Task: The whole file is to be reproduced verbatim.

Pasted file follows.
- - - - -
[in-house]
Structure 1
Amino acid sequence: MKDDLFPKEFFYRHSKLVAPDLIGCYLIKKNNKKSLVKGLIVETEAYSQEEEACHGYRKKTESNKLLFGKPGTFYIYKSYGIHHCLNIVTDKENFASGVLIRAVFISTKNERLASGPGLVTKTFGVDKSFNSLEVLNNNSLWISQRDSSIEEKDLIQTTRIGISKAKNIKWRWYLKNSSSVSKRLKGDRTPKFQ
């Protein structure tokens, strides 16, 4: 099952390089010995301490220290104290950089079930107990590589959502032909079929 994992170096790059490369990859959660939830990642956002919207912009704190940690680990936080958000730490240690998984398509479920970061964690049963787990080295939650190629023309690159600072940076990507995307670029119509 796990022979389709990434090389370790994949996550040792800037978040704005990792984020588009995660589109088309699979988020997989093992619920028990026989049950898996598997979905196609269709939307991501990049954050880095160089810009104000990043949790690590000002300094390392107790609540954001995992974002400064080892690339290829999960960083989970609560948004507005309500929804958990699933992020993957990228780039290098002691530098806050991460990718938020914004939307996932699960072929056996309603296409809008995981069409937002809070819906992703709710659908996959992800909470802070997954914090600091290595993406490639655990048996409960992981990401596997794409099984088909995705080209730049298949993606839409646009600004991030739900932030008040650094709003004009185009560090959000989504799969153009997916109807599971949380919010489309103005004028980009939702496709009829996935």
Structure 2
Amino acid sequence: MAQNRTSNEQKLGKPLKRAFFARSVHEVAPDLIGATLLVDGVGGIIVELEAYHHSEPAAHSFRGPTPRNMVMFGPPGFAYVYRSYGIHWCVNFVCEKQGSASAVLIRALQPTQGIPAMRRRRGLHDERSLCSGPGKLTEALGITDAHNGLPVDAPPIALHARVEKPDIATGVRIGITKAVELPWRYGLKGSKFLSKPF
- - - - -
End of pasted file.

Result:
[in-house]
Structure 1
Amino acid sequence: MKDDLFPKEFFYRHSKLVAPDLIGCYLIKKNNKKSLVKGLIVETEAYSQEEEACHGYRKKTESNKLLFGKPGTFYIYKSYGIHHCLNIVTDKENFASGVLIRAVFISTKNERLASGPGLVTKTFGVDKSFNSLEVLNNNSLWISQRDSSIEEKDLIQTTRIGISKAKNIKWRWYLKNSSSVSKRLKGDRTPKFQ
């Protein structure tokens, strides 16, 4: 099952390089010995301490220290104290950089079930107990590589959502032909079929 994992170096790059490369990859959660939830990642956002919207912009704190940690680990936080958000730490240690998984398509479920970061964690049963787990080295939650190629023309690159600072940076990507995307670029119509 796990022979389709990434090389370790994949996550040792800037978040704005990792984020588009995660589109088309699979988020997989093992619920028990026989049950898996598997979905196609269709939307991501990049954050880095160089810009104000990043949790690590000002300094390392107790609540954001995992974002400064080892690339290829999960960083989970609560948004507005309500929804958990699933992020993957990228780039290098002691530098806050991460990718938020914004939307996932699960072929056996309603296409809008995981069409937002809070819906992703709710659908996959992800909470802070997954914090600091290595993406490639655990048996409960992981990401596997794409099984088909995705080209730049298949993606839409646009600004991030739900932030008040650094709003004009185009560090959000989504799969153009997916109807599971949380919010489309103005004028980009939702496709009829996935």
Structure 2
Amino acid sequence: MAQNRTSNEQKLGKPLKRAFFARSVHEVAPDLIGATLLVDGVGGIIVELEAYHHSEPAAHSFRGPTPRNMVMFGPPGFAYVYRSYGIHWCVNFVCEKQGSASAVLIRALQPTQGIPAMRRRRGLHDERSLCSGPGKLTEALGITDAHNGLPVDAPPIALHARVEKPDIATGVRIGITKAVELPWRYGLKGSKFLSKPF